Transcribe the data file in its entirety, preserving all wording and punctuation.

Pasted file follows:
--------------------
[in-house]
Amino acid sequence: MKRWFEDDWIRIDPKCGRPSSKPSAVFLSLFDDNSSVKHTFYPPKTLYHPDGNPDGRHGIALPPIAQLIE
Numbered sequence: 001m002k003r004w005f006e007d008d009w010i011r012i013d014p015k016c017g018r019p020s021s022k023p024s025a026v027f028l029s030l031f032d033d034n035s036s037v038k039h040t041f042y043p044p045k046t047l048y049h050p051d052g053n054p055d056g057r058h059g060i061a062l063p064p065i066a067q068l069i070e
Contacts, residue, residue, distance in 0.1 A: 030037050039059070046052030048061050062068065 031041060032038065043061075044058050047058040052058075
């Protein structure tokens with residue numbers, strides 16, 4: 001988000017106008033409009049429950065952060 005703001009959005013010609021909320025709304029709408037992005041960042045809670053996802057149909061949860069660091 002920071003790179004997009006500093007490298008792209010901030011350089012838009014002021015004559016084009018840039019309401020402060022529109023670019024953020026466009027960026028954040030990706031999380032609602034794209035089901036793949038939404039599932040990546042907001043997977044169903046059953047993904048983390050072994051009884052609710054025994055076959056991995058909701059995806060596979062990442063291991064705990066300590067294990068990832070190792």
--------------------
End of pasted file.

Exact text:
[in-house]
Amino acid sequence: MKRWFEDDWIRIDPKCGRPSSKPSAVFLSLFDDNSSVKHTFYPPKTLYHPDGNPDGRHGIALPPIAQLIE
Numbered sequence: 001m002k003r004w005f006e007d008d009w010i011r012i013d014p015k016c017g018r019p020s021s022k023p024s025a026v027f028l029s030l031f032d033d034n035s036s037v038k039h040t041f042y043p044p045k046t047l048y049h050p051d052g053n054p055d056g057r058h059g060i061a062l063p064p065i066a067q068l069i070e
Contacts, residue, residue, distance in 0.1 A: 030037050039059070046052030048061050062068065 031041060032038065043061075044058050047058040052058075
């Protein structure tokens with residue numbers, strides 16, 4: 001988000017106008033409009049429950065952060 005703001009959005013010609021909320025709304029709408037992005041960042045809670053996802057149909061949860069660091 002920071003790179004997009006500093007490298008792209010901030011350089012838009014002021015004559016084009018840039019309401020402060022529109023670019024953020026466009027960026028954040030990706031999380032609602034794209035089901036793949038939404039599932040990546042907001043997977044169903046059953047993904048983390050072994051009884052609710054025994055076959056991995058909701059995806060596979062990442063291991064705990066300590067294990068990832070190792």